Creative Design Using Collaborative Interactive Genetic Algorithms
AuthorQuiroz, Juan Carlos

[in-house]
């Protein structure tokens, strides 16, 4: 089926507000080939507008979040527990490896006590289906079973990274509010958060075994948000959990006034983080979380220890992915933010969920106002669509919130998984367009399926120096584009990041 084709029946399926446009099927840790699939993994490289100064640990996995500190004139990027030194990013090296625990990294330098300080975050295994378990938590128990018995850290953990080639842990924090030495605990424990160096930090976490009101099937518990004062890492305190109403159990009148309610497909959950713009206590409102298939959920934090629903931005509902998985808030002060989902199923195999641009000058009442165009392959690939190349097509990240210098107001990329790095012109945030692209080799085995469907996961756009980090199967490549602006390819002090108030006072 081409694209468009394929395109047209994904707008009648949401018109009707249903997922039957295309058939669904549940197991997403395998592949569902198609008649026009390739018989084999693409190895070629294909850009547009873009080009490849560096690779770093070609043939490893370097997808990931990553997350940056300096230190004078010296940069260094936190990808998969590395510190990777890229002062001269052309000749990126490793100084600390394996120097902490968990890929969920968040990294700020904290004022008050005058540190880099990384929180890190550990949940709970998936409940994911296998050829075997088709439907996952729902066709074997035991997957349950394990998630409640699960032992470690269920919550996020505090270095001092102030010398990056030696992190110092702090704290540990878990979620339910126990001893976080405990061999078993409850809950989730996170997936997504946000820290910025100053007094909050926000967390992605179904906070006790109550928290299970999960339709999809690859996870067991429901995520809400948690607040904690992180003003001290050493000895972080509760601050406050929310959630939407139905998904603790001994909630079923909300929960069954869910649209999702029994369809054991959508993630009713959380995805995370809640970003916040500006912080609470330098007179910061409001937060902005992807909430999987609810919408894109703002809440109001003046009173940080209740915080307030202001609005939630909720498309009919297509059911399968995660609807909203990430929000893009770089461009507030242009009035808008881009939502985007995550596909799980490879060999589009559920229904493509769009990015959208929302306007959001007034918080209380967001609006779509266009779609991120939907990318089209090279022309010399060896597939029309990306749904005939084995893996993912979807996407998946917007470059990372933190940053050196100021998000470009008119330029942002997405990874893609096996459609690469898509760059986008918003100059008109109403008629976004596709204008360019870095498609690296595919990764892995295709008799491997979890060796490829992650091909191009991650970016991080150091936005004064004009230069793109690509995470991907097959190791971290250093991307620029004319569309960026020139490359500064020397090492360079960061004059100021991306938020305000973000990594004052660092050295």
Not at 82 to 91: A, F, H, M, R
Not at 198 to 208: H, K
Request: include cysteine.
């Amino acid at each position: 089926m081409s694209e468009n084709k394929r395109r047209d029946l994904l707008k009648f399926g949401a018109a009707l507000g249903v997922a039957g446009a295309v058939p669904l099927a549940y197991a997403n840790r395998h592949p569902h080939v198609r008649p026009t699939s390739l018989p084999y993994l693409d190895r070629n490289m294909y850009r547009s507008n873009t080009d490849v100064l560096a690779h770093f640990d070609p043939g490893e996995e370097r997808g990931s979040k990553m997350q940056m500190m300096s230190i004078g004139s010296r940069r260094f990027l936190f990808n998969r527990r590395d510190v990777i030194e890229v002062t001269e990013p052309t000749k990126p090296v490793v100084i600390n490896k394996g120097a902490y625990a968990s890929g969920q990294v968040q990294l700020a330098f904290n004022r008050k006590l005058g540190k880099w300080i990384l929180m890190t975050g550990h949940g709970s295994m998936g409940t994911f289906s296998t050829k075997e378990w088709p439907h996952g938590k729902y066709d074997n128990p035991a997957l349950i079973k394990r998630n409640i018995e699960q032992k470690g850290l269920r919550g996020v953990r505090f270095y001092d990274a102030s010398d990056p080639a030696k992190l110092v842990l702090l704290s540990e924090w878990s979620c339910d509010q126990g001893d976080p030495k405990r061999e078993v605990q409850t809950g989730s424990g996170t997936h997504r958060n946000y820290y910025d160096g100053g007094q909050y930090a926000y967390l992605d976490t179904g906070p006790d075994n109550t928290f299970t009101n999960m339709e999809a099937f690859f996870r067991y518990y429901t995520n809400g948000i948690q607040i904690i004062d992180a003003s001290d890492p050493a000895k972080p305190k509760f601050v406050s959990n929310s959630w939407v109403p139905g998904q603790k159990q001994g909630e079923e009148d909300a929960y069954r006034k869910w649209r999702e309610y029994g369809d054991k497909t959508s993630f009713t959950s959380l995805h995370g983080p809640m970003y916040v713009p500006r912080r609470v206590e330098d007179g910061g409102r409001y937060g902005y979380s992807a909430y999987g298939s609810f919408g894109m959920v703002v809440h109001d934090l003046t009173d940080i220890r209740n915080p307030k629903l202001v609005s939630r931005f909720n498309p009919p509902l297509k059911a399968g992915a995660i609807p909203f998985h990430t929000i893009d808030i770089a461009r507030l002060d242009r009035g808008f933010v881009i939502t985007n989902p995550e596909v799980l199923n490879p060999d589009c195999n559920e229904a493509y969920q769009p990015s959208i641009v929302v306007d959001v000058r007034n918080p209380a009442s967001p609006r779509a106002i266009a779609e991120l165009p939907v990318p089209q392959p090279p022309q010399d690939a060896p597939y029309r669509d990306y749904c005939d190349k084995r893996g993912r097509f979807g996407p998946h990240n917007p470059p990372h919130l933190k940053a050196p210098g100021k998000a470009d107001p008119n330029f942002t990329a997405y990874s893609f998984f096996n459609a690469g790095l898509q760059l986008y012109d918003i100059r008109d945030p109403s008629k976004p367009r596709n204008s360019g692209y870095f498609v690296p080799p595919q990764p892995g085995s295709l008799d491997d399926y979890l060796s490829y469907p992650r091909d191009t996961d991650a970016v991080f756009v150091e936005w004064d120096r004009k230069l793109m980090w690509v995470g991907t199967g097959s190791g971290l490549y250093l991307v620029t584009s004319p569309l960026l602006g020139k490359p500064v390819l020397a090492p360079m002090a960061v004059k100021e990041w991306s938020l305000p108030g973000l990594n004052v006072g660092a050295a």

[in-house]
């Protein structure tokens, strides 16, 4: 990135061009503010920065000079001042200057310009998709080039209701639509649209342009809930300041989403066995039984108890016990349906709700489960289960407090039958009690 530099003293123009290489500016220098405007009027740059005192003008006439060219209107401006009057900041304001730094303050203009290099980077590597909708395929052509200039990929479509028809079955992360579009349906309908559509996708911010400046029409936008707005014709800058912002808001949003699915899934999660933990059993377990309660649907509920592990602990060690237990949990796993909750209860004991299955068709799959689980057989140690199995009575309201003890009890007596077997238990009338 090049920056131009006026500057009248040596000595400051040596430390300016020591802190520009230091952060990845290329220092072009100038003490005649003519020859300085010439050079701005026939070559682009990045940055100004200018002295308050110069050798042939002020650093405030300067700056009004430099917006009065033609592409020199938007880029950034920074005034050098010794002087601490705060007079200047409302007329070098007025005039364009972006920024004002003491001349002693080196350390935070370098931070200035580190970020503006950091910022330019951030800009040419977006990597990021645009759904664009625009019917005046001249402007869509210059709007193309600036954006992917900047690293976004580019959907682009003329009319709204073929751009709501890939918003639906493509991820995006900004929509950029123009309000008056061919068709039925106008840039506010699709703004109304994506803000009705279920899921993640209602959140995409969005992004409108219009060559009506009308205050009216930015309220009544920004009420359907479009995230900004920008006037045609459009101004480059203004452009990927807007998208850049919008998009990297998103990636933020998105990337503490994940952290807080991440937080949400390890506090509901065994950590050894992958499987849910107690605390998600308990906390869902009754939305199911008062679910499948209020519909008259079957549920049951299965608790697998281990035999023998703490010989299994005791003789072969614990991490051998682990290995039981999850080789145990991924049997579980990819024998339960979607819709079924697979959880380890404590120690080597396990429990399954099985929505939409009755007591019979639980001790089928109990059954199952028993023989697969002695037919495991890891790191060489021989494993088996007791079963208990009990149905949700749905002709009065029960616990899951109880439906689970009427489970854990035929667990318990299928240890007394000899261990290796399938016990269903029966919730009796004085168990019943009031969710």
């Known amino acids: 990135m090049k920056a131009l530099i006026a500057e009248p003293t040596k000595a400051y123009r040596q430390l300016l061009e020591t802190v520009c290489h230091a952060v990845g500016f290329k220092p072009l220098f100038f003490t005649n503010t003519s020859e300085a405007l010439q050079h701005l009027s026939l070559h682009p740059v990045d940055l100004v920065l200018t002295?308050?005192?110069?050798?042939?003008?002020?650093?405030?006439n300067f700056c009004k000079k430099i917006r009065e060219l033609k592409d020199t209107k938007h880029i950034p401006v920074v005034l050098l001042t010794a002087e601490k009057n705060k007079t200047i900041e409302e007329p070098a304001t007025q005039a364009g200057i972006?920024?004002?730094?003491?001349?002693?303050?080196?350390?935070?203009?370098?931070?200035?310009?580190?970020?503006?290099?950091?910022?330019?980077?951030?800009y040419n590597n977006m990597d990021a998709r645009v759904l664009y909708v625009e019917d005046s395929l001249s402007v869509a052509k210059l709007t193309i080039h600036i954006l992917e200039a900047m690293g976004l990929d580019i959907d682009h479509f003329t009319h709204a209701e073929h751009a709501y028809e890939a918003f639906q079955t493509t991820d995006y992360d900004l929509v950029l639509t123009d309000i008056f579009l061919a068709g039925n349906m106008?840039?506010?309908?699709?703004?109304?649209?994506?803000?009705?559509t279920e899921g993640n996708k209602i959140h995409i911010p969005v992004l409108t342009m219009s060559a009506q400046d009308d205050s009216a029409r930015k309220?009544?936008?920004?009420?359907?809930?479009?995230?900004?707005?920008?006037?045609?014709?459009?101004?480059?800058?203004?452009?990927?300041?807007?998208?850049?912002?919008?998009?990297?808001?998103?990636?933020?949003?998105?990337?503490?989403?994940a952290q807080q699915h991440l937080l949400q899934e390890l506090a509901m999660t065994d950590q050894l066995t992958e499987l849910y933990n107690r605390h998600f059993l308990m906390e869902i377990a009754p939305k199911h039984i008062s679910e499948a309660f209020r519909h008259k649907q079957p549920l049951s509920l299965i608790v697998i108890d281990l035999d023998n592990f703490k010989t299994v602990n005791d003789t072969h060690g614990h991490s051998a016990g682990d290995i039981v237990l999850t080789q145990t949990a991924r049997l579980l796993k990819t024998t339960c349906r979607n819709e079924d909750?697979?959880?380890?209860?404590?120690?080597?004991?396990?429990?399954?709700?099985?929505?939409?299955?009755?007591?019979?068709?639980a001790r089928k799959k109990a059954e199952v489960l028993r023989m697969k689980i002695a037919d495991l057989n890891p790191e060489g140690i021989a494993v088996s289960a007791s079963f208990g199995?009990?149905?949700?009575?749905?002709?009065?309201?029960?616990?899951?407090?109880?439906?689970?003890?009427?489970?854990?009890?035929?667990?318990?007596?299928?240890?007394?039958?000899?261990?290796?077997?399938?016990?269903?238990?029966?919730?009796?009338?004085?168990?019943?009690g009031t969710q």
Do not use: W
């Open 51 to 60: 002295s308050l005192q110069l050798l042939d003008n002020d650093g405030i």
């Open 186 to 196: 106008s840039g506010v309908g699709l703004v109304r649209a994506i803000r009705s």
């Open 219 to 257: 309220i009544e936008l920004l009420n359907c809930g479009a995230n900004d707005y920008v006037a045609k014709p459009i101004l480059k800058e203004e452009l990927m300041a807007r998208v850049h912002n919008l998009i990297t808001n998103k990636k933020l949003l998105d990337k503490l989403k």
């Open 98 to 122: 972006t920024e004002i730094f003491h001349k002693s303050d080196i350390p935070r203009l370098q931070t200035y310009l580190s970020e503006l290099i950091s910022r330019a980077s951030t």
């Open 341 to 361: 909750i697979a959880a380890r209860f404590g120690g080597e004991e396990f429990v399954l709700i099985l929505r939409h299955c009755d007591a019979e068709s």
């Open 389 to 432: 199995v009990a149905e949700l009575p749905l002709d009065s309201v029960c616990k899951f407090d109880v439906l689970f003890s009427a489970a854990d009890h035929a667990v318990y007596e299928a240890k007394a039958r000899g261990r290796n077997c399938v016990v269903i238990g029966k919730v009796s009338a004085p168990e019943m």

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I propose a computational model of creative design based on collaborative interactive genetic algorithms. My model enhances creativity in the conceptual design phase by allowing designers to guide genetic algorithms in order to breed new design ideas quickly, and by supporting team collaboration through the sharing of solutions among designers. Finally, I attack the problem of user fatigue in using an interactive genetic algorithm to evolve design solutions.First, I present a computational model of creative design based on collaborative interactive genetic algorithms. I test my model on the problems of floorplanning and the generation of transformations for 3D models. I support collaboration by allowing individual designers to view each others' designs during the evolutionary process and to share designs via case injection. Collaboration causes changes in the design space, introducing the potential to generate creative solutions. Results show that solutions generated with collaborative interactive genetic algorithms are more creative than solutions generated without collaboration.Second, an interactive genetic algorithm (IGA) which requires the user to provide a large number of user evaluations for many generations can lead to user fatigue. Reducing user fatigue is a critical challenge in my research since my computational model relies on IGAs. Fitness interpolation allows for the fitness values of individuals in an IGA to be estimated from a representative set of individuals. Such a technique effectively reduces the number of evaluations needed from a user, since the user is only required to evaluate the representative set of individuals. I present a fitness interpolation technique consisting of picking the solution the user likes best, and estimating the fitness of every other individual in the population based on similarity to the user selected best. In addition, the user is asked to make the choice once every t generations. I apply my technique to the well understood Onemax problem allowing us to empirically compare the performance of my proposed technique against a standard IGA. Results show that I can reduce the number of user evaluations performed by a user by an order of magnitude compared to a standard IGA. By using my fitness interpolation technique a user can effectively bias the IGA search towards solutions of interest.